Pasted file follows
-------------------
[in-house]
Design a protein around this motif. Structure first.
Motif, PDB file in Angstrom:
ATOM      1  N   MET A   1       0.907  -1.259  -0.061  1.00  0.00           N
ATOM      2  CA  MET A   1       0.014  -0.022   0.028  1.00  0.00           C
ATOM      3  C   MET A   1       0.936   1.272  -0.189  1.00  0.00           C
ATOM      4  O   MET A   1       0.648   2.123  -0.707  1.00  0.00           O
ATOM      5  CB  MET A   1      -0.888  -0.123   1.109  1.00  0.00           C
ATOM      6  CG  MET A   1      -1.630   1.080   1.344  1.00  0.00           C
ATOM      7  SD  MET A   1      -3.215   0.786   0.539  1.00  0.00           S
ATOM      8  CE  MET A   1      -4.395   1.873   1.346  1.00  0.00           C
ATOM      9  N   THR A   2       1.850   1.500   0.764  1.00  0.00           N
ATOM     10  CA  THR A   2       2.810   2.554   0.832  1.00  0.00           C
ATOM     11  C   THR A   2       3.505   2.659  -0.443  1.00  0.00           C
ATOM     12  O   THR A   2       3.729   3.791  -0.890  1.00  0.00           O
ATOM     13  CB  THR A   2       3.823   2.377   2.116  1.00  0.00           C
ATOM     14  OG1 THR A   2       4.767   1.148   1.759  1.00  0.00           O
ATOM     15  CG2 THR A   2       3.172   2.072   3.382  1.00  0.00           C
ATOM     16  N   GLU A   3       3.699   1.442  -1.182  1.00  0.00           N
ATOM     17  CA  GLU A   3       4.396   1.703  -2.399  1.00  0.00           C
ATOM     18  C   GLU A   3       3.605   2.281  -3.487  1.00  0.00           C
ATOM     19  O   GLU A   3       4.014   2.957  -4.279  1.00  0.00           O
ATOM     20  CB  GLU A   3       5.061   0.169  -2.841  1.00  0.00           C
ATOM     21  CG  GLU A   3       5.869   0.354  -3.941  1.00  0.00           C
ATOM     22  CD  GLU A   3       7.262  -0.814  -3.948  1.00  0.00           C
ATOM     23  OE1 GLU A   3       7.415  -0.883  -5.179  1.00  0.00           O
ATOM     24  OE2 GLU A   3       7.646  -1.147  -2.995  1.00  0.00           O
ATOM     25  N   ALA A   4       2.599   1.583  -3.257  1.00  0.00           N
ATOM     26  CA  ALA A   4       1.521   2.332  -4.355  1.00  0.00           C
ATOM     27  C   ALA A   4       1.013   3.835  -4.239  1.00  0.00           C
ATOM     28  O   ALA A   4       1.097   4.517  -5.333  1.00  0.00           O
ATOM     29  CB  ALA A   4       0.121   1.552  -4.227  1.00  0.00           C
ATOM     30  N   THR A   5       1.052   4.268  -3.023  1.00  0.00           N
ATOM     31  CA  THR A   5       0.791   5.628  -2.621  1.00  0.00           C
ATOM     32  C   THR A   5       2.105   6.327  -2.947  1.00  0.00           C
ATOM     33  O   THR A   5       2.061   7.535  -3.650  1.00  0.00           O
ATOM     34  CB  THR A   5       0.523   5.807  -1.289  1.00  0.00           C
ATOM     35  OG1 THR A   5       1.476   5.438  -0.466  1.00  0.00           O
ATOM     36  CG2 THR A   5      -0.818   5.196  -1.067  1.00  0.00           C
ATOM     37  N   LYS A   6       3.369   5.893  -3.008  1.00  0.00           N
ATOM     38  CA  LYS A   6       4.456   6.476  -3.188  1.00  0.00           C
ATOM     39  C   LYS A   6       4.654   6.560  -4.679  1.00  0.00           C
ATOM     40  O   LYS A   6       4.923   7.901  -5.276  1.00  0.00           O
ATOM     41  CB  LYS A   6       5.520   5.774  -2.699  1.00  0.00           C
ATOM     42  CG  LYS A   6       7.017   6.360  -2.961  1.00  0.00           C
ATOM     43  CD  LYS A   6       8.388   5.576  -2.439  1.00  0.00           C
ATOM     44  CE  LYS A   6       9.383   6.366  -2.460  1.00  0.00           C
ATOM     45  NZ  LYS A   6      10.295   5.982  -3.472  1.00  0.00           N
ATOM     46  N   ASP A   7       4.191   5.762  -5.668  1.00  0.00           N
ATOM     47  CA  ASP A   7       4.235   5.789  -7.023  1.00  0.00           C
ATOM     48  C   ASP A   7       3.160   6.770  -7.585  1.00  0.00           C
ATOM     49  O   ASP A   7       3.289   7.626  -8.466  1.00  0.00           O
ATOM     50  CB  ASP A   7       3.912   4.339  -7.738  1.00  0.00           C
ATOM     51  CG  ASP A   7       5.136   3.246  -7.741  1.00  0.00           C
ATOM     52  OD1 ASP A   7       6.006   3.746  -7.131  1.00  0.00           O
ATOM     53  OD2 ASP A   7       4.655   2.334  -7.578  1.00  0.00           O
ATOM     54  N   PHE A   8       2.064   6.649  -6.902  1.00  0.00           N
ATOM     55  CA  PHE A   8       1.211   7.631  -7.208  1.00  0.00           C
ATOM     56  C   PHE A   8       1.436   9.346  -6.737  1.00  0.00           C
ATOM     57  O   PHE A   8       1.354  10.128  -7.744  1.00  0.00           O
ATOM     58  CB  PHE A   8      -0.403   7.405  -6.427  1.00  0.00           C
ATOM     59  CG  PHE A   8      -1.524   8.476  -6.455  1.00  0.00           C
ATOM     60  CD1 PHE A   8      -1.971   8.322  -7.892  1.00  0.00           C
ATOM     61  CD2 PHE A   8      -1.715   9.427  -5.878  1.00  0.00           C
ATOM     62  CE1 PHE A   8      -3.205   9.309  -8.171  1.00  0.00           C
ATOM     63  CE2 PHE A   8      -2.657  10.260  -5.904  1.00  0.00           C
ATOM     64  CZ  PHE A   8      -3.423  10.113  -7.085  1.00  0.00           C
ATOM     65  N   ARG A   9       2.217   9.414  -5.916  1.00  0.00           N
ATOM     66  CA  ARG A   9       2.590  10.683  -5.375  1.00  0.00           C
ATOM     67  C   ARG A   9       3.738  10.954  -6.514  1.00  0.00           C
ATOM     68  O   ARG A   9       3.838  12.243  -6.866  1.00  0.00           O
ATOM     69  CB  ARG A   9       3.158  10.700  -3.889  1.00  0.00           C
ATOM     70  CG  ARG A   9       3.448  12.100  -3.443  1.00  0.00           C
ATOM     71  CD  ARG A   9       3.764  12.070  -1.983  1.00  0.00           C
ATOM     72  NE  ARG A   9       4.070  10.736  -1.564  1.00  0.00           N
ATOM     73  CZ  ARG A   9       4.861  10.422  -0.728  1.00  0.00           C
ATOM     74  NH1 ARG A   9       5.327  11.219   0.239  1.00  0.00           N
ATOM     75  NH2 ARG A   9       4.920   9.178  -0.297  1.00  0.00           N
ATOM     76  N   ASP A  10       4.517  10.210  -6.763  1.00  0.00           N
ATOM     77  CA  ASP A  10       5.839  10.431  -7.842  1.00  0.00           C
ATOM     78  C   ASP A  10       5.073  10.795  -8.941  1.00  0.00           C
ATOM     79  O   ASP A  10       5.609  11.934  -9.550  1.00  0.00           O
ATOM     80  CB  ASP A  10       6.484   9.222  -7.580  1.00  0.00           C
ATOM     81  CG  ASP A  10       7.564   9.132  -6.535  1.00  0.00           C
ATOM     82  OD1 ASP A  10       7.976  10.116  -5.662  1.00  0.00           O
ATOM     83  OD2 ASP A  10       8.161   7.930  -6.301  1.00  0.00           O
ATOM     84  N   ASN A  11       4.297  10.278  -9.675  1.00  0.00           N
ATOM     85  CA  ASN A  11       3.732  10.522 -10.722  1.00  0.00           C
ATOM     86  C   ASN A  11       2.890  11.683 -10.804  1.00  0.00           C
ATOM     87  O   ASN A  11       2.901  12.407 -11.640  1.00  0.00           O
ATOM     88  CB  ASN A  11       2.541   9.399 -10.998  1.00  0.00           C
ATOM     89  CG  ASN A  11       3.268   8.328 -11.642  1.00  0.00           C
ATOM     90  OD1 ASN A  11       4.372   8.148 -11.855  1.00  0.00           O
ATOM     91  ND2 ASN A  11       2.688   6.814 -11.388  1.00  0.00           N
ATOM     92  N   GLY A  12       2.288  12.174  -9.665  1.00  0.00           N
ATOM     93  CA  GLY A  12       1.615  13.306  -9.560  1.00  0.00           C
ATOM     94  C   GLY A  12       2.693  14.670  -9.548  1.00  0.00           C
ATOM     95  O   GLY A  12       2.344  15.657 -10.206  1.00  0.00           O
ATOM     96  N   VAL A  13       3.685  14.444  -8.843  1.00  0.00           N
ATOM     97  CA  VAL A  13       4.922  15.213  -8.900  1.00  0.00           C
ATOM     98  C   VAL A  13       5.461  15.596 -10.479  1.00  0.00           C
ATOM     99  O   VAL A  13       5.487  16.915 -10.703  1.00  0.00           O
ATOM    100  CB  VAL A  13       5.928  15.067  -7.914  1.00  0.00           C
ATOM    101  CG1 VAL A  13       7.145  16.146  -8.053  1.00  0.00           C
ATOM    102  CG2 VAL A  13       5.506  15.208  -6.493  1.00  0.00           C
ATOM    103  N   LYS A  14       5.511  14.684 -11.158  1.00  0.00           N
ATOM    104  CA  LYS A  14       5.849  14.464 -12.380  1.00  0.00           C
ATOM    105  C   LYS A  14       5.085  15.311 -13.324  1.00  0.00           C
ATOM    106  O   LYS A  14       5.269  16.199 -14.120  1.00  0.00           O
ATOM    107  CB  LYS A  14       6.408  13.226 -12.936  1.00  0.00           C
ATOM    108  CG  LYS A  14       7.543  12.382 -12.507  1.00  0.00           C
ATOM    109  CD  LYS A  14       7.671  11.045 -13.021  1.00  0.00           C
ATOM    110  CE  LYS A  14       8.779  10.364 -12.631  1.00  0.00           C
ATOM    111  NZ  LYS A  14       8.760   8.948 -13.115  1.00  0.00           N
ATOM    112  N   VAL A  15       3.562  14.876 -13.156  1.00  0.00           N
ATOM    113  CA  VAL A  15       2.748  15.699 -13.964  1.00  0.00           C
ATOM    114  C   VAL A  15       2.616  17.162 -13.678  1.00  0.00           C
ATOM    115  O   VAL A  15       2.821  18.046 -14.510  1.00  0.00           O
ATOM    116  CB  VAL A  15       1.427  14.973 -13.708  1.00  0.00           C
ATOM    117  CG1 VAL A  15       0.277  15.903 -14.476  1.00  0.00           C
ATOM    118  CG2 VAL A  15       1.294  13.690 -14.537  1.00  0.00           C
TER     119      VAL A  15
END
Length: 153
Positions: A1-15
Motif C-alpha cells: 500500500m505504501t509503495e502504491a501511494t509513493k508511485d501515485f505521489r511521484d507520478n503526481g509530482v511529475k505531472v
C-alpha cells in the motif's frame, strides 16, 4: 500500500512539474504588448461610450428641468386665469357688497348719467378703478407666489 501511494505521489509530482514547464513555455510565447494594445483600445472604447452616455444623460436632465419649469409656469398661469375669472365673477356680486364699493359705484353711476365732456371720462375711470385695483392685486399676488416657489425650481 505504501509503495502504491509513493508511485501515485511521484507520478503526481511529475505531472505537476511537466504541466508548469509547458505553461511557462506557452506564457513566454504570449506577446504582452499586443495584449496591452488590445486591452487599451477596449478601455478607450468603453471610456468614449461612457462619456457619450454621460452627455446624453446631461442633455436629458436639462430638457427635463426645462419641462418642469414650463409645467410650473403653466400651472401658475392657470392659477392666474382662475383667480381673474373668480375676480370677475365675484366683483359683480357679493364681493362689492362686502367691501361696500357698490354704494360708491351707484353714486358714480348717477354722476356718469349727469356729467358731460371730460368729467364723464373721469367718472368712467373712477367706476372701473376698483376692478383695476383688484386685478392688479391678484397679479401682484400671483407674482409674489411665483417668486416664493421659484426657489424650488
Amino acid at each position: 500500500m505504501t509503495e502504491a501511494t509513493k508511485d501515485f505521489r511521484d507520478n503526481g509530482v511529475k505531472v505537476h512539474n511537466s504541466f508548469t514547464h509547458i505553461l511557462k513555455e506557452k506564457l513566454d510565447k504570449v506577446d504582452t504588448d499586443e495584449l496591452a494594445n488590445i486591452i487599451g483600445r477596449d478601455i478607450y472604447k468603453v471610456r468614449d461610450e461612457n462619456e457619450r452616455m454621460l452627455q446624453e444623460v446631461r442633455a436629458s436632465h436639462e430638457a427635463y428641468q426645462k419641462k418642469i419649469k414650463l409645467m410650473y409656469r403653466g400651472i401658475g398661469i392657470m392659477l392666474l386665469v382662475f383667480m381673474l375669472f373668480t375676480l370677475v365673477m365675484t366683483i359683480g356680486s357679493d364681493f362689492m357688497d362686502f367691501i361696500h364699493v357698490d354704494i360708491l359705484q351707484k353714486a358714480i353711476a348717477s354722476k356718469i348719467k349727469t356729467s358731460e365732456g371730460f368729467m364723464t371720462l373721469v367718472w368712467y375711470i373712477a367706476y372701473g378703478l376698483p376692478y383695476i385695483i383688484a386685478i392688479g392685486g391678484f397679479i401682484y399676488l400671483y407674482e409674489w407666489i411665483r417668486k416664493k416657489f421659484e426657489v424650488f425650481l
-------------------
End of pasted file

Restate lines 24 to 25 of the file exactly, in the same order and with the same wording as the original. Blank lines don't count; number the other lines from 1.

ATOM     21  CG  GLU A   3       5.869   0.354  -3.941  1.00  0.00           C
ATOM     22  CD  GLU A   3       7.262  -0.814  -3.948  1.00  0.00           C